Thoughts toward a Taxonomy of Dead Media
by Stefan Jones
I stumbled upon one of the Dead Media Project web sites the other week. It was a pretty good one, concise and to the point, with all of the Dead Media notes available in well composed HTML documents. I took the opportunity to browse through the posts. I was struck at the amazing variety of techniques and mechanisms described, and wondered whether if they could be categorized in some way other than the order of their appearance.
Not all dead media are *equally dead.* Some continue to shamble about: garage bands proudly distribute their music on recycled, hand-labeled 8-Track tape cartridges. Esoteric societies keep the art of magic lantern showmanship alive. The exact keystrokes of Scott Joplin are preserved in player piano rolls that are usable today. Contrast these with the late and unlamented RCA variable-capacitance video disk and Edison's electric pen stencil.
Not all dead media were equally *alive*: There were once hundreds of thousands, if not millions, of Edison's wax cylinder phonographs, while the number of Telharmoniums (Teleharmonia?) can be counted on the fingers of a mutilated hand.
Magic lanterns were once as familiar as slide projectors, while only a half dozen of Morton Heilig's coin-op "virtual reality" machines were produced. The Chromatic Rolmonica and Teddy Ruxpin were two mites in the vast swarm of kid-media mayflies.
Some dead "media" are really dead *formats*, mere variants on a common theme, while others are true freaks, technological sports without pedigree or issue. In the former category are Edison's disc phonograph and the Coleco Adam tape drive; contrast these with the almost forgotten technique of bar-code software distribution.
Not all dead media *die* alike. Some succumb to bad marketing. The Sony recordable mini-disc, released with so much fanfare just a few years ago, is moribund, thanks to the failure by record producers to release titles in the format. Other casualties were caused by manifest obsolescence: the Telharmonium was doomed by cheap Victrolas and radio, "rocket mail" by speedy, reliable jets and telecommunication.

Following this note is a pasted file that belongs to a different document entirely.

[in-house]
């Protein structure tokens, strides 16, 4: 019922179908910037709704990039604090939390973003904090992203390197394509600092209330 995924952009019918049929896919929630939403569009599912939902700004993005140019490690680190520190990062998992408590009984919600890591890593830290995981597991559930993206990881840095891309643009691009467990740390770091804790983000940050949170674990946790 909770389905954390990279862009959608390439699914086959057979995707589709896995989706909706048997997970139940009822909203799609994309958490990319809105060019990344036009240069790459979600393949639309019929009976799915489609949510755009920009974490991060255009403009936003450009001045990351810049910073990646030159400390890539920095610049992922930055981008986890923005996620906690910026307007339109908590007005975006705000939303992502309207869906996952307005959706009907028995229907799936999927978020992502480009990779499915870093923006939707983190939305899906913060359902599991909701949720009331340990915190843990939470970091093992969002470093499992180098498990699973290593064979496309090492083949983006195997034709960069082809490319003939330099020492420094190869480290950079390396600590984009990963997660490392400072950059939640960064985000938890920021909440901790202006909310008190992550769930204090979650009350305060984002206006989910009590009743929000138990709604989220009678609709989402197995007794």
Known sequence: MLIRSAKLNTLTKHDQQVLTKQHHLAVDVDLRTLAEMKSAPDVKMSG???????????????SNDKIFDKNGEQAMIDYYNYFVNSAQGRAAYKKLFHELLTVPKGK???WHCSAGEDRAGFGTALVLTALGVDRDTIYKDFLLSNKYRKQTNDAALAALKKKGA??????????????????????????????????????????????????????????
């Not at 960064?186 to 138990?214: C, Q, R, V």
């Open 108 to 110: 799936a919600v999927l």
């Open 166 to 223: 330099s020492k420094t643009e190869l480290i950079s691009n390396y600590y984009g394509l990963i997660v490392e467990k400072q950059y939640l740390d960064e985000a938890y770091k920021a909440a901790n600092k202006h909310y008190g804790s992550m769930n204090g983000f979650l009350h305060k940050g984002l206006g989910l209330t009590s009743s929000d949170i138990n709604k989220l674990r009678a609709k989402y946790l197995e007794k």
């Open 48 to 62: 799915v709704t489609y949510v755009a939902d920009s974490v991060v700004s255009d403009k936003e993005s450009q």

Finally, not all dead media are equally cool or funky. Unfunky, uncool dead media are worth little more than an appreciative grunt or raised eyebrow. They tend to be wannabes and incremental improvements rather than paradigm breakers. Cool dead media evoke a sense of wonder, mirth, or awe; they make you feel a pang of loss. They make you want to *have* one. Some examples: the ROM cartridges for the detestable IBM PC Jr. are indisputably dead media, but they rate about a 7 on the 1-100 nifty meter; the quadrophonic records of the mid 70s might earn a 37. Contrast this with an 88 for the Incan *quipu* and a solid 95 for Cahill's monstrous and wonderful Telharmonium.
Obviously, a lot of work would have to be done to create a formal taxonomy. I suspect that any truly formal or comprehensive system would be unnecessary. However, I am considering including a "Cause of Death" section and assigning a "Cahill Rating" in my future Dead Media obituaries.
(((bruces remarks: Taxonomy is a dry and forbidding term, but the act itself can prove fruitful. The existing Master List of Dead Media is a taxonomy of sorts, but it's by no means a formal one. Dead media theorist-volunteers might want to consider re-formatting the entire Master List with new taxonomical schemes. If any of you noble souls would like to do this, I would be very pleased to redistribute your work for our general edification. If you'd like to volunteer, send me email -- perhaps we can coordinate the efforts, and many hands will make light work.
((("Coolness ratings" would be pleasant and amusing, and "causes-of-death," as Stefan Jones suggests, might well prove an enlightening scholarly approach. But what about the following possible schemes for reorganizing the roll-call of the dead?)))
Chronological -- time of appearance or invention.
Chronological -- time of extinction.
By scale of usership: mass media at one end, to hobbyist and never-produced experimental media at the other.
By sense-modality -- sound, sight, smell, touch, combinations of these.
By culture of origin.
Technical simplicity to technical complexity.
By primary usage group: entertainment, business, industrial, governmental, private.
By obscurity: unheard-of and recherche dead media to well-known forms.
By relation to living media: "precursors of the computer, precursors of television, precursors of newspapers" -- I think this Whig version of media history is bogus, but it's a classic taxonomical approach.